Democracy and the Arab world

On the basis of the replies, it transpires that the majority of Arab public opinion tends to define democracy in the context of political significance.

Tahrir Square, Cairo, daytime_311 (photo credit: Reuters)
Tahrir Square, Cairo, daytime_311
(photo credit: Reuters)
Everyone in the various Middle East studies departments has been taught to accept the undisputed thesis, upheld for decades, that the opinion of the Arab citizen does not count. Traditionally, the rulers of Arab countries supplied the means of livelihood for their subjects, who in return waived their political freedom and civil rights.
However, this is no longer the case. In the past few years, the “Arab Spring” has proven, day after day, that Arab public opinion is an inseparable, and in some cases even a crucial factor in the determination of the agendas of the Arab states.
Recently, the Arab Center for Research and Policy Studies published the results of a survey of Arab public opinion for the years 2012-2013. The survey examined economic, social and political issues, as well as attitudes vis-à-vis democracy, civilian and political participation.
The survey, the most comprehensive to date, was carried out by means of face-to-face interviews, with the participation of 21,350 respondents from all levels of the populace – citizens from 14 Arab countries: Mauritania, Morocco, Algeria, Tunisia, Egypt, Sudan, the Palestinian Authority, Lebanon, Jordan, Iraq, Saudi Arabia, Yemen, Kuwait and Libya. The survey’s respondents represented 89 percent of the total number of inhabitants in the Arab countries, with a statistical error of 2%–3%. In the present article, we have chosen to concentrate on attitudes vis-à-vis democracy in Arab public opinion, as reflected in the survey.
What is democracy? In this part of the survey, respondents were asked to define “democracy.” The results showed that the respondents’ definitions fell into five main categories: assurance of civilian and political freedom; justice and equality; democratic rule; security and stability; and economic improvement.
On the basis of the replies, it transpires that the majority of Arab public opinion tends to define democracy in the context of political significance; assurance of rights and political freedom, the possession of democratic characteristics, and a regime that provides justice and freedom to its citizens.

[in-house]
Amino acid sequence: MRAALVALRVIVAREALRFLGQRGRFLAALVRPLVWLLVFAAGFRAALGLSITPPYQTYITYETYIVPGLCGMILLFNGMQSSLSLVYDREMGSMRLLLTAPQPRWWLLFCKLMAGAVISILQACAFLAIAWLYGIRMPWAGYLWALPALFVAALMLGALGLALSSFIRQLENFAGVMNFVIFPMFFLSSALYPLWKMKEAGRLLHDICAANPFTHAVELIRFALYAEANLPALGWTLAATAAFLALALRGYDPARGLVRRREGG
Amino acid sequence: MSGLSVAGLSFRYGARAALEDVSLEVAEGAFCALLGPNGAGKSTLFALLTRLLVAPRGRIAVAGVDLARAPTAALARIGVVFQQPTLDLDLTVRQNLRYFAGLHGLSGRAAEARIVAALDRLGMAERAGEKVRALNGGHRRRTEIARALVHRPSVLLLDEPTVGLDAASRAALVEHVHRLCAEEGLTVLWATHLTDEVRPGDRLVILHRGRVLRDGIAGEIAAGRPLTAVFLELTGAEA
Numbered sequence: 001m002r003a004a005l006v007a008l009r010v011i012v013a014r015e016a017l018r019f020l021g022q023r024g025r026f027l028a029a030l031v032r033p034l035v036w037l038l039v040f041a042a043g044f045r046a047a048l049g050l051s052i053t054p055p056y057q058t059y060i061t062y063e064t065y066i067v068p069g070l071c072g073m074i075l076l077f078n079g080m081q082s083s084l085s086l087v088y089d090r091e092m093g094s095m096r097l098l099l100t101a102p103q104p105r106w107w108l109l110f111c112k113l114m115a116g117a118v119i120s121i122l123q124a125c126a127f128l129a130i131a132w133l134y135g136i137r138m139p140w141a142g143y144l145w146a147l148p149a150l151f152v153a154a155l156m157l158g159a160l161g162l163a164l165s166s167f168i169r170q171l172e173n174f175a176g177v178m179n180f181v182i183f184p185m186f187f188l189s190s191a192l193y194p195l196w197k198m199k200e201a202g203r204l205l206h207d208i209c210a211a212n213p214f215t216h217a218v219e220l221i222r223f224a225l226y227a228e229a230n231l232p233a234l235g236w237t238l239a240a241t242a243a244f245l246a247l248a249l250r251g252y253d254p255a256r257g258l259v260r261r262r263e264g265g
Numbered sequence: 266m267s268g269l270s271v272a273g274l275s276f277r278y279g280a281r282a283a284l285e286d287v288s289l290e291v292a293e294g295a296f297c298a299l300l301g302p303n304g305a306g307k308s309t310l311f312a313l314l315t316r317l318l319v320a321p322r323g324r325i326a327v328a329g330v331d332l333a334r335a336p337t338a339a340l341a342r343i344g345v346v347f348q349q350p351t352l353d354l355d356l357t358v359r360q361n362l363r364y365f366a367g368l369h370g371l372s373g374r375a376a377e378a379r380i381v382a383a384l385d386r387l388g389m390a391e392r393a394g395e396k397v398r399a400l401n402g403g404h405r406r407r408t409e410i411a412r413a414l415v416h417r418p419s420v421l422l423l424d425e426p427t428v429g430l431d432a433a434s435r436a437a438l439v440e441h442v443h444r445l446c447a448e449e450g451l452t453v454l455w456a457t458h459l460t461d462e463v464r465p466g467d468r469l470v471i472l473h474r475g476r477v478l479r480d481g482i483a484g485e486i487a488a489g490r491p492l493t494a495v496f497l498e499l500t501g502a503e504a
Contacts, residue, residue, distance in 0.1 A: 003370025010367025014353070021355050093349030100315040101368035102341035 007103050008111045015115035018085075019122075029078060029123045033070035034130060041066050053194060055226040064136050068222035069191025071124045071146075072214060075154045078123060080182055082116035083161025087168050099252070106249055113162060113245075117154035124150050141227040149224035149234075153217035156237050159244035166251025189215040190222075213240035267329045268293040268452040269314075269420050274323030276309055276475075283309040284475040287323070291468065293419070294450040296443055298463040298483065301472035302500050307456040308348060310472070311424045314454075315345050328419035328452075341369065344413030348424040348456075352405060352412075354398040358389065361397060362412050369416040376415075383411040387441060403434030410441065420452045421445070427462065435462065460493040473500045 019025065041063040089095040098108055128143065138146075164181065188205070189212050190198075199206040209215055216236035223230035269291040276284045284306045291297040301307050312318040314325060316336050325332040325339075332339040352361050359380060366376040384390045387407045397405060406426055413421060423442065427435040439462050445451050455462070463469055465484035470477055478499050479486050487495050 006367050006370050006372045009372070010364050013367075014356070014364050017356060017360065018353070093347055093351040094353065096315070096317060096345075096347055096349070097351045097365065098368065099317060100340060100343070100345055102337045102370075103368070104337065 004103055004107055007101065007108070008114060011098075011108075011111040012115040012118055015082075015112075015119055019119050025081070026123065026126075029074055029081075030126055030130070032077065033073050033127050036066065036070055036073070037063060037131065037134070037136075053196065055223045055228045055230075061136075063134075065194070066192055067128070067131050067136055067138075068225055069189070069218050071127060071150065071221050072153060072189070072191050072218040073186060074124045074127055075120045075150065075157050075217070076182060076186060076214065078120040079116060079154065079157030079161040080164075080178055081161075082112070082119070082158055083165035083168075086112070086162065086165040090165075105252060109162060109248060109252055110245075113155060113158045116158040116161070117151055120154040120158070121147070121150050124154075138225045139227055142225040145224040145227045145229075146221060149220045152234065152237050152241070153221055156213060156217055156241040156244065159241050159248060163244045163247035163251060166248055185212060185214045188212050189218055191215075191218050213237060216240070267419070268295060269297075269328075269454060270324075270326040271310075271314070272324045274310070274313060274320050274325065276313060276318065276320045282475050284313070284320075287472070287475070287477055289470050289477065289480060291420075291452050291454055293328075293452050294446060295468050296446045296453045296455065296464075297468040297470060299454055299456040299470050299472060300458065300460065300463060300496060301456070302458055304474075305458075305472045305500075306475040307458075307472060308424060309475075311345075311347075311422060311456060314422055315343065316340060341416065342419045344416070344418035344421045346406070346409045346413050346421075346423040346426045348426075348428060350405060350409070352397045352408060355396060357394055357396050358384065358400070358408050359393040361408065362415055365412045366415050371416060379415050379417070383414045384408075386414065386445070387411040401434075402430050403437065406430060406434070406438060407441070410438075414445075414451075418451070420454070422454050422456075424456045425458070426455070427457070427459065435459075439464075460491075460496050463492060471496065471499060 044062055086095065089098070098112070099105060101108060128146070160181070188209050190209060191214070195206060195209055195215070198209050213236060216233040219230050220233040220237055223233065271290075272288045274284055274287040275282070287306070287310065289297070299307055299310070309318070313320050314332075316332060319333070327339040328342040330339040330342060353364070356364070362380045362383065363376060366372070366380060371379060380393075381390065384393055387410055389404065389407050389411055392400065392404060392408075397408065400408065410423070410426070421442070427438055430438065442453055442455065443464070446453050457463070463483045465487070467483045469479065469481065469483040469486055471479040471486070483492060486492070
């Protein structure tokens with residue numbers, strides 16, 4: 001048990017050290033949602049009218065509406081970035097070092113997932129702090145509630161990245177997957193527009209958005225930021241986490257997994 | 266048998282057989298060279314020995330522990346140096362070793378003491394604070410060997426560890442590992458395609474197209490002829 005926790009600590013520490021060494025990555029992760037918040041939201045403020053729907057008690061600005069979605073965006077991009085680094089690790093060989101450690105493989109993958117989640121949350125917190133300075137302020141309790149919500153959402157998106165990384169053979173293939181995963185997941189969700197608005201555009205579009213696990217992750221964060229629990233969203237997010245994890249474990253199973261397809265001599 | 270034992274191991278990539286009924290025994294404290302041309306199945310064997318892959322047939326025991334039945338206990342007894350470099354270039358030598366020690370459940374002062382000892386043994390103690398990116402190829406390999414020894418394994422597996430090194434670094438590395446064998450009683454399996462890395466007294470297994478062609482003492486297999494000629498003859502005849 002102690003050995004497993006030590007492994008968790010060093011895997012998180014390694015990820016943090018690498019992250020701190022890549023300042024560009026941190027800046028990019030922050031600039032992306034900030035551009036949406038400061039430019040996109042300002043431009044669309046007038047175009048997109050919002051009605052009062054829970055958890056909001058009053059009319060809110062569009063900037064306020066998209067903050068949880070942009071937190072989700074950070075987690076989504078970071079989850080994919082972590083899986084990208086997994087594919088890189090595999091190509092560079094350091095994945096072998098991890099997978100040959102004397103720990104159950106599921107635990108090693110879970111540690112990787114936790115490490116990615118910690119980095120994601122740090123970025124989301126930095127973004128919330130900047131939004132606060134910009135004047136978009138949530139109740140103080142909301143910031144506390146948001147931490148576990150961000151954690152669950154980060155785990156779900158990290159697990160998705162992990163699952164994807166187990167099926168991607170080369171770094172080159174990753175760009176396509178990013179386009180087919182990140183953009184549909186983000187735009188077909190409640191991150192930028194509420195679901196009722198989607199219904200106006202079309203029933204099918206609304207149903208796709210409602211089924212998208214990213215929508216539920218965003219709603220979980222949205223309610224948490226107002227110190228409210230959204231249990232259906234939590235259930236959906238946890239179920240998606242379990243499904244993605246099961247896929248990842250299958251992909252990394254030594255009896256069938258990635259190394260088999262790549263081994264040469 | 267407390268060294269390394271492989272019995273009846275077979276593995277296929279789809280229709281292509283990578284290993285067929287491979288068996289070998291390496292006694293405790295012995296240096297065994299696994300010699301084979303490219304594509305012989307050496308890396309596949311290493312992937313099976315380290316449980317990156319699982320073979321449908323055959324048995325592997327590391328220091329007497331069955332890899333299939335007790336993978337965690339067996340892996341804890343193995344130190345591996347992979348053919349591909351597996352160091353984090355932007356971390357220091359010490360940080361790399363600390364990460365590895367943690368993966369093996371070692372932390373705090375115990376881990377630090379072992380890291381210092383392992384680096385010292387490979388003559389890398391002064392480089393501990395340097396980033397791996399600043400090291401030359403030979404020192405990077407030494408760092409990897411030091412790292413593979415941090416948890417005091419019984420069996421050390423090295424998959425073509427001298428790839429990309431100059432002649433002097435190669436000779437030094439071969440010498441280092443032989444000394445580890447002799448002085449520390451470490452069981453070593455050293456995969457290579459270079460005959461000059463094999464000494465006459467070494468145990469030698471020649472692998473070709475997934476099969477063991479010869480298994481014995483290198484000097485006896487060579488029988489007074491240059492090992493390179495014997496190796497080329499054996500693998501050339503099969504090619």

In contradistinction, security, stability and economic improvement received only 9% with regard to the definition of democracy.
This meshes well with the fact while there are Arab countries in which the citizen enjoys personal and economic security at a high level, citizens of these countries have few political rights.
Criticism of democracy In this part of the survey, respondents were asked to express their level of agreement to five frequently- made statements critical of democracy: “Economic results are not good under a democratic regime,” “Democratic regimes are rife with controversies,” “Democratic regimes are not good at maintaining public order,” “Democratic regimes are not in line with Islam” and “Arab society is not ready to live under democratic rule.”
The first four statements aroused considerable opposition in most of the respondents. That is, Arab public opinion, in essence, supports the existence of democratic regimes with all that they entail, and does not accept the frequent objections raised in the Arab world. On the other hand, the fifth and last statement has opponents and supporters in almost equal numbers.